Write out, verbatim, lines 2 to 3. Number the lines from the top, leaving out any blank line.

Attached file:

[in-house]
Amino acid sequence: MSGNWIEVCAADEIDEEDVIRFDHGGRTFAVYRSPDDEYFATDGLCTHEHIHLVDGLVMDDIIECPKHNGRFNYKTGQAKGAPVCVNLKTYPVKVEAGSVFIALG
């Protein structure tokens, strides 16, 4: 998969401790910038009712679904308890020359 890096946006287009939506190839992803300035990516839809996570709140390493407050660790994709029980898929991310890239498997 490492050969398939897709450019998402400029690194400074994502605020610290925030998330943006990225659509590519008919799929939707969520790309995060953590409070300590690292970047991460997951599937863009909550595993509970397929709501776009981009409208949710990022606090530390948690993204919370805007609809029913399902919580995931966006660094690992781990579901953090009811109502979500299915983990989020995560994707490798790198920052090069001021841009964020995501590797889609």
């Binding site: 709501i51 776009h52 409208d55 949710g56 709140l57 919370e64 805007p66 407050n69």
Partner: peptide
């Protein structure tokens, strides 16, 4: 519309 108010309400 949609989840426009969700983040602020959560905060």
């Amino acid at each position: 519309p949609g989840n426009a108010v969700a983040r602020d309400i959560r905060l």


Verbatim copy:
Amino acid sequence: MSGNWIEVCAADEIDEEDVIRFDHGGRTFAVYRSPDDEYFATDGLCTHEHIHLVDGLVMDDIIECPKHNGRFNYKTGQAKGAPVCVNLKTYPVKVEAGSVFIALG
């Protein structure tokens, strides 16, 4: 998969401790910038009712679904308890020359 890096946006287009939506190839992803300035990516839809996570709140390493407050660790994709029980898929991310890239498997 490492050969398939897709450019998402400029690194400074994502605020610290925030998330943006990225659509590519008919799929939707969520790309995060953590409070300590690292970047991460997951599937863009909550595993509970397929709501776009981009409208949710990022606090530390948690993204919370805007609809029913399902919580995931966006660094690992781990579901953090009811109502979500299915983990989020995560994707490798790198920052090069001021841009964020995501590797889609």